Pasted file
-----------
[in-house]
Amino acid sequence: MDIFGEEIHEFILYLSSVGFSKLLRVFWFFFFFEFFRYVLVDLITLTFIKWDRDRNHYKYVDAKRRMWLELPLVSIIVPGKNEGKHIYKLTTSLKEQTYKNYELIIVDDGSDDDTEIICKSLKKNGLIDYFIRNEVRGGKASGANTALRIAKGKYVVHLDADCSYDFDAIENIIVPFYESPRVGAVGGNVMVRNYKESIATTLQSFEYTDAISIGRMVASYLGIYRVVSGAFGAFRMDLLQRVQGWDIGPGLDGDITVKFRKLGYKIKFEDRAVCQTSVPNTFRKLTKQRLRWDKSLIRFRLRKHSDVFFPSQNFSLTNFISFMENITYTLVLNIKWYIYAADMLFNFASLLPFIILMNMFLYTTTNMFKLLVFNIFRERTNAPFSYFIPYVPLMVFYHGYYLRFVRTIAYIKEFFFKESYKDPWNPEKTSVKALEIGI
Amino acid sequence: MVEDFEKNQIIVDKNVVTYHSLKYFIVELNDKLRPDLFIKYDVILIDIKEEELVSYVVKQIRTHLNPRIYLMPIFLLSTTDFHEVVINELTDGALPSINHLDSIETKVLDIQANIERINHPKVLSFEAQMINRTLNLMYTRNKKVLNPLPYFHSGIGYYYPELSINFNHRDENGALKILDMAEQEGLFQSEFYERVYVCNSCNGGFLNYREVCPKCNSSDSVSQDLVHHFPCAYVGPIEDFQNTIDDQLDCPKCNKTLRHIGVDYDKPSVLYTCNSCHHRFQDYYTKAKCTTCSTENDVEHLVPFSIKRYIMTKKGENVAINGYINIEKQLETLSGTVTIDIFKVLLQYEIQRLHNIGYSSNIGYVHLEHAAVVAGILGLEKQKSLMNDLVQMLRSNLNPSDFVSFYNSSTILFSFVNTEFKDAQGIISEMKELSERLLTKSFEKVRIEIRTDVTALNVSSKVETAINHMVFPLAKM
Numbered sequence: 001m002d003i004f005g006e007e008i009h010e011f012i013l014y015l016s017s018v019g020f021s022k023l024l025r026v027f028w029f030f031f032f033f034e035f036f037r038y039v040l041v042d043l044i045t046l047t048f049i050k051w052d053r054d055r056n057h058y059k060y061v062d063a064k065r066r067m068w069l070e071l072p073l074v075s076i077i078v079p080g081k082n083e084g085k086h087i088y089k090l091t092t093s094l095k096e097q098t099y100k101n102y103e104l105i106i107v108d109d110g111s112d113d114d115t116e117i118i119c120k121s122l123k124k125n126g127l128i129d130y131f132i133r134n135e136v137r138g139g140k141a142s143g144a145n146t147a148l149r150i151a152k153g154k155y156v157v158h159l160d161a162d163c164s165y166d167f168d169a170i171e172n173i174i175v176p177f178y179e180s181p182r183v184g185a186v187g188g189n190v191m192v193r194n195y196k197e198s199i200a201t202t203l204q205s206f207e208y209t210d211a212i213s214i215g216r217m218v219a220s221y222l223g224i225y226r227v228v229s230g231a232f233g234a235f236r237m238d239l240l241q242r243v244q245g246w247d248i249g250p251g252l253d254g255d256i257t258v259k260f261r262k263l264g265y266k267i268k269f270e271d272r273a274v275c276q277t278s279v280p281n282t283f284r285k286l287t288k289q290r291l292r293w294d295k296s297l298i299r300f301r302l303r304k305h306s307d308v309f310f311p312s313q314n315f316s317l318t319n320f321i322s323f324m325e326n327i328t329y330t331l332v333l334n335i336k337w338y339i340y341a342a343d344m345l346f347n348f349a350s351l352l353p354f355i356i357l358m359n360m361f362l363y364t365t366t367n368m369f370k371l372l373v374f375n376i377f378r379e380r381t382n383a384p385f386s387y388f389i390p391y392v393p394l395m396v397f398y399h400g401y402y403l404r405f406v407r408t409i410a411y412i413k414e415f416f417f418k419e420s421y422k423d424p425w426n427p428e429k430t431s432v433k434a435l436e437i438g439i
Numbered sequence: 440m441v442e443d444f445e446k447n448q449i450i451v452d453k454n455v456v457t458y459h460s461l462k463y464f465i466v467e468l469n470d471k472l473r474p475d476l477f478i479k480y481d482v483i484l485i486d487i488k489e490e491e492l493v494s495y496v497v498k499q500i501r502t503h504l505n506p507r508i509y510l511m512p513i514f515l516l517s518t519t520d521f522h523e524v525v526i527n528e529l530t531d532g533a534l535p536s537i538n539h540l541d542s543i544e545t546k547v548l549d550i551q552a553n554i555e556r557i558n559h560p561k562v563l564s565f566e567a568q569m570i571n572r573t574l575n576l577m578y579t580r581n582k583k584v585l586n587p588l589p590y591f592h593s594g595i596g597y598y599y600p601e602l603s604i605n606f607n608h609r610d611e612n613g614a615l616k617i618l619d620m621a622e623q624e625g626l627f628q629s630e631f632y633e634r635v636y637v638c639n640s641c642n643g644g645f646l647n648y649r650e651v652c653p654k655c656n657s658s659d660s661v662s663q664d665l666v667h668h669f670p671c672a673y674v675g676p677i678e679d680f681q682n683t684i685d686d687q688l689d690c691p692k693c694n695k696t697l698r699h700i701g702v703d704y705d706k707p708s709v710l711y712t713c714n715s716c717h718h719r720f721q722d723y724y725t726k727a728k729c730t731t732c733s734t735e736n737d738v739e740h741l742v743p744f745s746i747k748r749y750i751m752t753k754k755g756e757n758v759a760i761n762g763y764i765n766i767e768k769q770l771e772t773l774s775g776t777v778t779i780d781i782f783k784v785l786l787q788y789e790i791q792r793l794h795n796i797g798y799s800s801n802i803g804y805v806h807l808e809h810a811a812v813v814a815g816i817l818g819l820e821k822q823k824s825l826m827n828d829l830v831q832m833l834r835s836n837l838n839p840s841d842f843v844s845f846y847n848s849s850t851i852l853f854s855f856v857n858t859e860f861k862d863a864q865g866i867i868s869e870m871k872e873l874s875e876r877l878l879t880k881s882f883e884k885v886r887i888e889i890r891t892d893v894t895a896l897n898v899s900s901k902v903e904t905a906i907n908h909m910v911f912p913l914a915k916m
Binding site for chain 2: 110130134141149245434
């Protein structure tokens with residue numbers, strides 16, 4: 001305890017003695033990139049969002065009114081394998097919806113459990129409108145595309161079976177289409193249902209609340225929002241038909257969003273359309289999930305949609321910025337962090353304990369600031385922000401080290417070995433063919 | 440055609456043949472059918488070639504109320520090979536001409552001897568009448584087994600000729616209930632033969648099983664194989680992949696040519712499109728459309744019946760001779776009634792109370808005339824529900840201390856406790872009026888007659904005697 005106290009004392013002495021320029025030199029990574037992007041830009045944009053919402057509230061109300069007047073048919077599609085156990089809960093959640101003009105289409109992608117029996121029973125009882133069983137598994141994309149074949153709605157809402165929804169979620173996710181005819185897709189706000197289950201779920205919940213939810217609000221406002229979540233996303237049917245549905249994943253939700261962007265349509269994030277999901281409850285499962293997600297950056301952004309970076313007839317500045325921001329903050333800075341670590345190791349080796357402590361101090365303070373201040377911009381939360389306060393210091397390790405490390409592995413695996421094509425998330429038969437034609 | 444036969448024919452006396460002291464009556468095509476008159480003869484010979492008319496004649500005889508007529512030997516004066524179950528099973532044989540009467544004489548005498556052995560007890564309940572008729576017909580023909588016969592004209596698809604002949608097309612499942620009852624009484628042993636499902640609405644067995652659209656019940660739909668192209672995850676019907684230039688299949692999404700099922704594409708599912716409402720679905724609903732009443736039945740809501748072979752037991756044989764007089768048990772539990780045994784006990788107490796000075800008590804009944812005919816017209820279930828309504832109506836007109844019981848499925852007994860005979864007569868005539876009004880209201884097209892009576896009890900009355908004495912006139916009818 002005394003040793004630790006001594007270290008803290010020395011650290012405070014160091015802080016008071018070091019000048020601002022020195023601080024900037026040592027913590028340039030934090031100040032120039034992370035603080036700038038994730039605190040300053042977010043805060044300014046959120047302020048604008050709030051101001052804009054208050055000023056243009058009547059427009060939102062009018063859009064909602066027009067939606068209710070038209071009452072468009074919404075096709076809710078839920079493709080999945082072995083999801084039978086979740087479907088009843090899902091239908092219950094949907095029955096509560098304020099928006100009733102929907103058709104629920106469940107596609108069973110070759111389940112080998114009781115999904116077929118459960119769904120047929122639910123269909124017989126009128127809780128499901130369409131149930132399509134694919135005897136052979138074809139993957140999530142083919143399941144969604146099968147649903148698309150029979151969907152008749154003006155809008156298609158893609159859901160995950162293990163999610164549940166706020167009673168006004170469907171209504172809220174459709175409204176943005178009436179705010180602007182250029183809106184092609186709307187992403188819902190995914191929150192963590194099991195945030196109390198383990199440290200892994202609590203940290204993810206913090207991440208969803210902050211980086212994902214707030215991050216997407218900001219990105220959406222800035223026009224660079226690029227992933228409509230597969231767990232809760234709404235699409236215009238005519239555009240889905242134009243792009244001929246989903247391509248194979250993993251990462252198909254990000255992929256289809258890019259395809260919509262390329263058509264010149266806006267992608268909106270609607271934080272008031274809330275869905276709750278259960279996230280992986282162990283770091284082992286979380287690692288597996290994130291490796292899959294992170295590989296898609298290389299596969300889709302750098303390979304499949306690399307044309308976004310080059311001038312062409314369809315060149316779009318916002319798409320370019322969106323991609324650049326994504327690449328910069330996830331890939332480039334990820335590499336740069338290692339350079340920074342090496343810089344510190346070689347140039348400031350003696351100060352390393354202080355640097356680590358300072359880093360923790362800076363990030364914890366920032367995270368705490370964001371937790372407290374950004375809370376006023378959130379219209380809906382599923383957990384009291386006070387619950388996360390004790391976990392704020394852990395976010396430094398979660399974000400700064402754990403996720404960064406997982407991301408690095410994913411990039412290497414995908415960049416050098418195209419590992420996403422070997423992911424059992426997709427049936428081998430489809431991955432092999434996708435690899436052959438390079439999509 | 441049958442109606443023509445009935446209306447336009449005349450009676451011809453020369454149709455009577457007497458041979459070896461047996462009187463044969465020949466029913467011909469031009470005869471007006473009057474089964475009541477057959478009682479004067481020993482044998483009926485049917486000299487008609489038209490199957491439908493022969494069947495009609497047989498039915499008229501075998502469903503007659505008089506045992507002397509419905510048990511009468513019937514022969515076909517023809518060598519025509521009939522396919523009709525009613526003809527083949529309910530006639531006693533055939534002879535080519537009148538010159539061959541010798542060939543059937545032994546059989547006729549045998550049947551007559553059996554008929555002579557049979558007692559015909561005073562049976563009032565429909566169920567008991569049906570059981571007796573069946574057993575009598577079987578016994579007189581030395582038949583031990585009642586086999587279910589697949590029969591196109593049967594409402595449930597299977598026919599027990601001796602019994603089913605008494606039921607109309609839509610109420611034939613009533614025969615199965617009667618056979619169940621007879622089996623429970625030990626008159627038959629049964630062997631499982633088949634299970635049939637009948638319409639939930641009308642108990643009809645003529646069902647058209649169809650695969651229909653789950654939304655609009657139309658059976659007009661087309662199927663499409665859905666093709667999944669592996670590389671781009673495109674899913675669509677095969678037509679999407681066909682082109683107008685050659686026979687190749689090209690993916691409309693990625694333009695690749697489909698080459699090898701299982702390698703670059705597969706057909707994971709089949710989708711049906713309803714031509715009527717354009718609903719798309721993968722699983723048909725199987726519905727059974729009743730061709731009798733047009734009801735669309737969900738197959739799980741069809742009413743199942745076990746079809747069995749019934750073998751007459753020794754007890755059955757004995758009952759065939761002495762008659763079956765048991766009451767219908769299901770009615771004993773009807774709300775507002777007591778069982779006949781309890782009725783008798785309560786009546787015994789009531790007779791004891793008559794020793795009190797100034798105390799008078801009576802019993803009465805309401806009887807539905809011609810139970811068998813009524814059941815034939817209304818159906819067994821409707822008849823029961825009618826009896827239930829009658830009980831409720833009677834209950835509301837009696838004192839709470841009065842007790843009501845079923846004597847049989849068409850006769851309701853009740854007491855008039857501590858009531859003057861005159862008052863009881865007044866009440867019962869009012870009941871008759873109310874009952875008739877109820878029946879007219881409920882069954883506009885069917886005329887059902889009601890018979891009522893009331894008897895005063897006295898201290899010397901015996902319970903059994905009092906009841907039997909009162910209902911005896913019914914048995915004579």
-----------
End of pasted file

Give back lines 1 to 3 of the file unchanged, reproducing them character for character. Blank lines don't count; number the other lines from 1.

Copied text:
[in-house]
Amino acid sequence: MDIFGEEIHEFILYLSSVGFSKLLRVFWFFFFFEFFRYVLVDLITLTFIKWDRDRNHYKYVDAKRRMWLELPLVSIIVPGKNEGKHIYKLTTSLKEQTYKNYELIIVDDGSDDDTEIICKSLKKNGLIDYFIRNEVRGGKASGANTALRIAKGKYVVHLDADCSYDFDAIENIIVPFYESPRVGAVGGNVMVRNYKESIATTLQSFEYTDAISIGRMVASYLGIYRVVSGAFGAFRMDLLQRVQGWDIGPGLDGDITVKFRKLGYKIKFEDRAVCQTSVPNTFRKLTKQRLRWDKSLIRFRLRKHSDVFFPSQNFSLTNFISFMENITYTLVLNIKWYIYAADMLFNFASLLPFIILMNMFLYTTTNMFKLLVFNIFRERTNAPFSYFIPYVPLMVFYHGYYLRFVRTIAYIKEFFFKESYKDPWNPEKTSVKALEIGI
Amino acid sequence: MVEDFEKNQIIVDKNVVTYHSLKYFIVELNDKLRPDLFIKYDVILIDIKEEELVSYVVKQIRTHLNPRIYLMPIFLLSTTDFHEVVINELTDGALPSINHLDSIETKVLDIQANIERINHPKVLSFEAQMINRTLNLMYTRNKKVLNPLPYFHSGIGYYYPELSINFNHRDENGALKILDMAEQEGLFQSEFYERVYVCNSCNGGFLNYREVCPKCNSSDSVSQDLVHHFPCAYVGPIEDFQNTIDDQLDCPKCNKTLRHIGVDYDKPSVLYTCNSCHHRFQDYYTKAKCTTCSTENDVEHLVPFSIKRYIMTKKGENVAINGYINIEKQLETLSGTVTIDIFKVLLQYEIQRLHNIGYSSNIGYVHLEHAAVVAGILGLEKQKSLMNDLVQMLRSNLNPSDFVSFYNSSTILFSFVNTEFKDAQGIISEMKELSERLLTKSFEKVRIEIRTDVTALNVSSKVETAINHMVFPLAKM